2018 First in Family College Readiness Program

2018 First in Family College Readiness Program


 

Costa Mesa, CA — June 7, 2018 — The SOS First in Family College Readiness Program celebrated the achievements of 32 low-income first-generation high school seniors with a special event held at the SOS Community Health Center on Thursday, June 7 2018. The program prepares students for success in college by supplying them with laptop computers, dorm room essentials, money for textbooks, and more. SOS also helped participants select new professional attire outfits for a school presentation that they can use for job interviews and other formal occasions in the future. By working with their college guidance counselors, SOS is also ensuring that they will have the support they need once in college.

Participants in this year’s project were high school seniors from Newport Harbor High School, Costa Mesa High School, and Estancia High School. Each student was recommended to SOS by an advocate at their school because of their determination to overcome difficult circumstances to succeed. They also submitted an application and wrote a personal statement describing why they should be considered for this project, as well as confirmed their attendance at a college or university in the fall.

All the participants will either be the first in their family to attend college, or part of the first generation in their family to do so. Some of the schools they will be attending are the University of California, Los Angeles; Chapman University; Culinary Institute of America College; California State University, Fullerton; San Francisco State University; Cal Poly San Luis Obispo; and Orange Coast College. Here are a few of their stories (we have changed their names to protect their identities):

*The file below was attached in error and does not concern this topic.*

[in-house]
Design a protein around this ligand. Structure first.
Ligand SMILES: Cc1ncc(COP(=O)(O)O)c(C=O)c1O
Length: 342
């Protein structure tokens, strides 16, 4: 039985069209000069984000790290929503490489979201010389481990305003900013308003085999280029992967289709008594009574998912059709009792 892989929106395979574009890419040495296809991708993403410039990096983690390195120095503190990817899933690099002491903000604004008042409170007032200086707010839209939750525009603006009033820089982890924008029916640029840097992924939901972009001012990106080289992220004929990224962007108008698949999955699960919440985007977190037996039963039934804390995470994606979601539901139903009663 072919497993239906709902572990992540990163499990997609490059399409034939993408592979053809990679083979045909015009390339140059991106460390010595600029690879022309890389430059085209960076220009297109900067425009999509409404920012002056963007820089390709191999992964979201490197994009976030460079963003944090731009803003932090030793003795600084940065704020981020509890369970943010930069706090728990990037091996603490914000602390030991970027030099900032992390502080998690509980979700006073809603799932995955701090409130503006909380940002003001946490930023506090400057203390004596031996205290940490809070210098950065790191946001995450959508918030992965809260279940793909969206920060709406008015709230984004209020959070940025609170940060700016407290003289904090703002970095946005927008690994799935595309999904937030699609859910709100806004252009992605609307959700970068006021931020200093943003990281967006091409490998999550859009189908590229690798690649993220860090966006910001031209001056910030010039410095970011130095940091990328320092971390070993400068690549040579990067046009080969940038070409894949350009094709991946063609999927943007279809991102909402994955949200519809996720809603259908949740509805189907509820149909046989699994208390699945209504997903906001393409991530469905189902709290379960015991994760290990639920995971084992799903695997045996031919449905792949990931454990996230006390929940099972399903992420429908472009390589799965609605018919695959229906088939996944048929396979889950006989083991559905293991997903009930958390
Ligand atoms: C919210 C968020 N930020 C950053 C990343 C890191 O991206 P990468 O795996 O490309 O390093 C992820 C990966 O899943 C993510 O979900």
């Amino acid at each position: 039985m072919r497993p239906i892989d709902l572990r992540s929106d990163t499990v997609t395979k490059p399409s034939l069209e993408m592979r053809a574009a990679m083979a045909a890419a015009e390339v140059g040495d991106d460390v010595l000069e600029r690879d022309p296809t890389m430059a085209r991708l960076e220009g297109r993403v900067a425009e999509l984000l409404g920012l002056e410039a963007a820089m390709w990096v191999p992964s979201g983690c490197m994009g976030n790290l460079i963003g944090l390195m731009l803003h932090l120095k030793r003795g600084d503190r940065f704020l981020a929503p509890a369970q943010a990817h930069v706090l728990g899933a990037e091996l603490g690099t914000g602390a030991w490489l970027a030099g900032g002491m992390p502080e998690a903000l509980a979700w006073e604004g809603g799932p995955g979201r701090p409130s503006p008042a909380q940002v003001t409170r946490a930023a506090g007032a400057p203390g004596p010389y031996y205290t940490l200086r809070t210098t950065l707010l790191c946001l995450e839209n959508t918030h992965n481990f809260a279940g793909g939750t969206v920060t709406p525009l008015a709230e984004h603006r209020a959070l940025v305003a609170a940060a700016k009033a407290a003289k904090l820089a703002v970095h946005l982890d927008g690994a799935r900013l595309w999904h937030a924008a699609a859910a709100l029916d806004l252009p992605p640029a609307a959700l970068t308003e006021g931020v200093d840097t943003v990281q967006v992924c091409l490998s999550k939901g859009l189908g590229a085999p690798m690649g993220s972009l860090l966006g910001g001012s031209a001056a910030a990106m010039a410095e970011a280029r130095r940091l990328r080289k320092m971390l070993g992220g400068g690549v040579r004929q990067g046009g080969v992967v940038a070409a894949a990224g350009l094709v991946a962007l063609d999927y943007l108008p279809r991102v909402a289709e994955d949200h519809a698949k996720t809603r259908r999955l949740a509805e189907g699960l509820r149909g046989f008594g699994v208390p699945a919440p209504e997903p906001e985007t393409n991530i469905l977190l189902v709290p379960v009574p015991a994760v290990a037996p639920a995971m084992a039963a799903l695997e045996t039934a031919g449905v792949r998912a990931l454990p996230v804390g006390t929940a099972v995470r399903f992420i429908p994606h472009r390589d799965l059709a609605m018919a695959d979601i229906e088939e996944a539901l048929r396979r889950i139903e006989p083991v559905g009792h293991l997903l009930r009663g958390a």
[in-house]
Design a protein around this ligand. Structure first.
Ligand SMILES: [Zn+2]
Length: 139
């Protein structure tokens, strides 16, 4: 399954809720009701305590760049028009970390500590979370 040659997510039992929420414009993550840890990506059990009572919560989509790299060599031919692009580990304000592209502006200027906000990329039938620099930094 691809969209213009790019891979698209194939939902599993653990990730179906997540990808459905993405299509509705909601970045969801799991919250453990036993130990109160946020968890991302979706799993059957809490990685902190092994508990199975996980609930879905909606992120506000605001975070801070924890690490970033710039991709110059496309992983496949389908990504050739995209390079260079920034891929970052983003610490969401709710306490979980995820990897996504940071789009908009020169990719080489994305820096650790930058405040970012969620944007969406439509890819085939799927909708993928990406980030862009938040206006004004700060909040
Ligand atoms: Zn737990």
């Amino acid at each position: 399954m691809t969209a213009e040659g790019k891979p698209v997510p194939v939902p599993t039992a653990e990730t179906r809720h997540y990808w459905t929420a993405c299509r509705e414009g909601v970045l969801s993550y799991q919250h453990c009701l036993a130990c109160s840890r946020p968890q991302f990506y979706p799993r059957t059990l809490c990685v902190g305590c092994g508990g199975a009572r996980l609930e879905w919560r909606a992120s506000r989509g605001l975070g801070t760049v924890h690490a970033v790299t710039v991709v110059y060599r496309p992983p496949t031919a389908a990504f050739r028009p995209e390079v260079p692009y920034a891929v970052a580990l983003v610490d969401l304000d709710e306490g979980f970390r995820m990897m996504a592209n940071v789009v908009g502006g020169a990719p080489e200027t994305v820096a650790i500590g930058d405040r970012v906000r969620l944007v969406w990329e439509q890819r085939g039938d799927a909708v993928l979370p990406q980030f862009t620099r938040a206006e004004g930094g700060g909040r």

Alice

Before her junior year of high school, Alice’s mother had a seizure and was admitted into the hospital. Doctors discovered she had a brain tumor. Despite successful surgery, Alice’s mom does not function like before and was transferred to a rehab center, leaving Alice to take care of things at home. Being the oldest of four, her mornings now consist of getting herself and her siblings ready for school. She visits her mom after school and spends late nights studying and finishing her school work. There are times Alice wants to give up, but then she thinks about her mom and how she always keeps herself together, no matter how overwhelming her situation may be, and Alice is able to keep going.

Alice sees this event as the motivation to keep going in school. During senior year, she became an EMT because she wanted to be prepared for the next time something happened to her mom or someone else around her. She wants to go into medicine and is eager to take biochemistry and molecular biology classes. She wants to become a neurologist and help people like her mom. She wants to do scientific research and discover more cures and less invasive treatments.

Alice has received acceptance letters to both Chapman University and Vanguard University, and in the fall she will become the first person in her family to attend college.

June

June has been raised by a single mother. When growing up, her mother always told her that “education is all that I can give you.” Her mother has been her inspiration to succeed in school. June has worked very hard and is eager to pursue a college degree. Not only has school been important to her, but her religious training, specifically for her confirmation, has exposed her to learning about children and families less fortunate.